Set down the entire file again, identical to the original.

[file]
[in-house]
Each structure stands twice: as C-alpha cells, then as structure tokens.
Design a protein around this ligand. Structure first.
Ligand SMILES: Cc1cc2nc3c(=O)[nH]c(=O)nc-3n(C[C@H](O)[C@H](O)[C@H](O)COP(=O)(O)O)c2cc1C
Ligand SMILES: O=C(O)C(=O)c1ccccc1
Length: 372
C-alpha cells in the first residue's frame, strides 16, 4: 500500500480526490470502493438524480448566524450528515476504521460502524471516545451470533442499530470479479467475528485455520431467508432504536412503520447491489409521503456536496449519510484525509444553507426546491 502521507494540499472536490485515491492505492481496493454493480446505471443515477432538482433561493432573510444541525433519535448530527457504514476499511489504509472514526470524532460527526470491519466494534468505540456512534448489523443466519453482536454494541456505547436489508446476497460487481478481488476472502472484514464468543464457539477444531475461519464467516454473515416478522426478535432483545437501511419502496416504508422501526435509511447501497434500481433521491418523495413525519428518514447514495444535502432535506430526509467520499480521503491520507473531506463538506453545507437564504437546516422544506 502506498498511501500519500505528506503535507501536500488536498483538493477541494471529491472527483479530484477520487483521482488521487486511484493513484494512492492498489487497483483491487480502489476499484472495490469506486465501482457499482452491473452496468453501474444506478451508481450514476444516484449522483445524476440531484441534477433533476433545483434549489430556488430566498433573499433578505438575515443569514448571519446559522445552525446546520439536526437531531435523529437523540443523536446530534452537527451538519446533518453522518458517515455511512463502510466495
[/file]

[in-house]
Each structure stands twice: as C-alpha cells, then as structure tokens.
Design a protein around this ligand. Structure first.
Ligand SMILES: Cc1cc2nc3c(=O)[nH]c(=O)nc-3n(C[C@H](O)[C@H](O)[C@H](O)COP(=O)(O)O)c2cc1C
Ligand SMILES: O=C(O)C(=O)c1ccccc1
Length: 372
C-alpha cells in the first residue's frame, strides 16, 4: 500500500480526490470502493438524480448566524450528515476504521460502524471516545451470533442499530470479479467475528485455520431467508432504536412503520447491489409521503456536496449519510484525509444553507426546491 502521507494540499472536490485515491492505492481496493454493480446505471443515477432538482433561493432573510444541525433519535448530527457504514476499511489504509472514526470524532460527526470491519466494534468505540456512534448489523443466519453482536454494541456505547436489508446476497460487481478481488476472502472484514464468543464457539477444531475461519464467516454473515416478522426478535432483545437501511419502496416504508422501526435509511447501497434500481433521491418523495413525519428518514447514495444535502432535506430526509467520499480521503491520507473531506463538506453545507437564504437546516422544506 502506498498511501500519500505528506503535507501536500488536498483538493477541494471529491472527483479530484477520487483521482488521487486511484493513484494512492492498489487497483483491487480502489476499484472495490469506486465501482457499482452491473452496468453501474444506478451508481450514476444516484449522483445524476440531484441534477433533476433545483434549489430556488430566498433573499433578505438575515443569514448571519446559522445552525446546520439536526437531531435523529437523540443523536446530534452537527451538519446533518453522518458517515455511512463502510466495